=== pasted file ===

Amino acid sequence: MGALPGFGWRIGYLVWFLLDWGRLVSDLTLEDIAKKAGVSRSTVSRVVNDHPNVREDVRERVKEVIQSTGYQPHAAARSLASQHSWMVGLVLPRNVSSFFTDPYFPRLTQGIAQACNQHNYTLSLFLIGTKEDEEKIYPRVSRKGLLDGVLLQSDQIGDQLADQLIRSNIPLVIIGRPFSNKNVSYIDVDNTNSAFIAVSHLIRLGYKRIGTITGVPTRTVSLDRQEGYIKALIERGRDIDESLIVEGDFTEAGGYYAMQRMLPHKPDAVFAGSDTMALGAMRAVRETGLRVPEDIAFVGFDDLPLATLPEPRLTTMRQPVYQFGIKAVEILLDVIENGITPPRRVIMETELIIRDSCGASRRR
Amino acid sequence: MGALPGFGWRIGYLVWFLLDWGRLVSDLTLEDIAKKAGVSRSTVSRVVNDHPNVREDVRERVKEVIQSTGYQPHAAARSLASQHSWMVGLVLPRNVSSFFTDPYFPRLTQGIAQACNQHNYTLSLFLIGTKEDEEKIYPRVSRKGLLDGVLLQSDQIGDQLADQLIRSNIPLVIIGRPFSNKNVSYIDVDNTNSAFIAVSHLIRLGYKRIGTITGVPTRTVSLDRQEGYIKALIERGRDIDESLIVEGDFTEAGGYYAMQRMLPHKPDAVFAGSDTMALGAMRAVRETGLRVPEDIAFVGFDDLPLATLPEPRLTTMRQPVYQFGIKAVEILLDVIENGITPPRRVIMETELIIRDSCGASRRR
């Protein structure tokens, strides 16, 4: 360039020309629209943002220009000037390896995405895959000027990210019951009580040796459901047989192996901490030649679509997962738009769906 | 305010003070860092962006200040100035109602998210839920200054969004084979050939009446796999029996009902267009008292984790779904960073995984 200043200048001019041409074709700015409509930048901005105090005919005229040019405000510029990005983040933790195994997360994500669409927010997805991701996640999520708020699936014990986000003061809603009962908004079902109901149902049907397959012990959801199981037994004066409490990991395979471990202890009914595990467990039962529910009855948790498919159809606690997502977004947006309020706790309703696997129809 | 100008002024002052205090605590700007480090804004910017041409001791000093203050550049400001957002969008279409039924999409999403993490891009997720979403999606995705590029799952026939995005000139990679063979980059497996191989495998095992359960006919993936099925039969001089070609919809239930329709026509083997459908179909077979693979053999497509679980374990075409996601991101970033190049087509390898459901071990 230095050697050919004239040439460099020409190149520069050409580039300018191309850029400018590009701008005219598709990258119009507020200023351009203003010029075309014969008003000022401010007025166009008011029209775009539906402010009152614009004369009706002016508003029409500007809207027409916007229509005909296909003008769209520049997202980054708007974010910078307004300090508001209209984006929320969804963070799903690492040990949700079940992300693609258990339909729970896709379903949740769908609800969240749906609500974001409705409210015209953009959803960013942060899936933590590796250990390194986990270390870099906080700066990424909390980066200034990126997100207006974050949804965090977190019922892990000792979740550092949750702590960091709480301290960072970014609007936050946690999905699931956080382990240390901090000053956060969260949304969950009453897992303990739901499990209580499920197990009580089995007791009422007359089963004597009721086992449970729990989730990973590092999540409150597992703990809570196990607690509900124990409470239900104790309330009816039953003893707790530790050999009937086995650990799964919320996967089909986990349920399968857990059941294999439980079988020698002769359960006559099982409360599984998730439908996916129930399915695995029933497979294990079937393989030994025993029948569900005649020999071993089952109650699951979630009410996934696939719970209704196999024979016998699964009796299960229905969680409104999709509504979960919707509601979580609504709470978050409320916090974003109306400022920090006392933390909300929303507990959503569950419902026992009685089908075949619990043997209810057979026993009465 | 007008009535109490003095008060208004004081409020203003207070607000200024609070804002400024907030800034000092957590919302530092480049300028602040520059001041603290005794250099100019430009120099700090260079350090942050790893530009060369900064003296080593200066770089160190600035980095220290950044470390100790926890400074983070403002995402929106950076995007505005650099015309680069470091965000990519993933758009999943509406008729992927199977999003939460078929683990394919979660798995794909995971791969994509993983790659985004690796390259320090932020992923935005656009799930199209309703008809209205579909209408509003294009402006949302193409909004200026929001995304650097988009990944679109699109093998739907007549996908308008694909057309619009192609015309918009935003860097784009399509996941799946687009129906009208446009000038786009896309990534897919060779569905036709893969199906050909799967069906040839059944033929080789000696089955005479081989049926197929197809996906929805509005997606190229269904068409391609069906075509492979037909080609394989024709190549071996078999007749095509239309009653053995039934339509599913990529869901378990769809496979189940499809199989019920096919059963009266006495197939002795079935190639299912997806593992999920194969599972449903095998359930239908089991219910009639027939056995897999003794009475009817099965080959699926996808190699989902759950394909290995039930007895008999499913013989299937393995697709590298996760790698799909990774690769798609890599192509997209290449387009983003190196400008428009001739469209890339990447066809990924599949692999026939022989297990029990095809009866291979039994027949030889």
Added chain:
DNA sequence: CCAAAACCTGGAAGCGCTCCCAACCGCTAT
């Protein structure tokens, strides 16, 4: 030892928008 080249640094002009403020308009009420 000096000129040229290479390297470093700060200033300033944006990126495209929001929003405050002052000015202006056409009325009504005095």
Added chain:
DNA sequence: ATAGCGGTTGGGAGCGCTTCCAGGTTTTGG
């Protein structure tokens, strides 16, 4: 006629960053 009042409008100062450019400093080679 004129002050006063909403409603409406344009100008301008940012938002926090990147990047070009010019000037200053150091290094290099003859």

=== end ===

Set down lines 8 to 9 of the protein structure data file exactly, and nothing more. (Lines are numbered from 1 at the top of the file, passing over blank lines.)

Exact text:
DNA sequence: ATAGCGGTTGGGAGCGCTTCCAGGTTTTGG
């Protein structure tokens, strides 16, 4: 006629960053 009042409008100062450019400093080679 004129002050006063909403409603409406344009100008301008940012938002926090990147990047070009010019000037200053150091290094290099003859």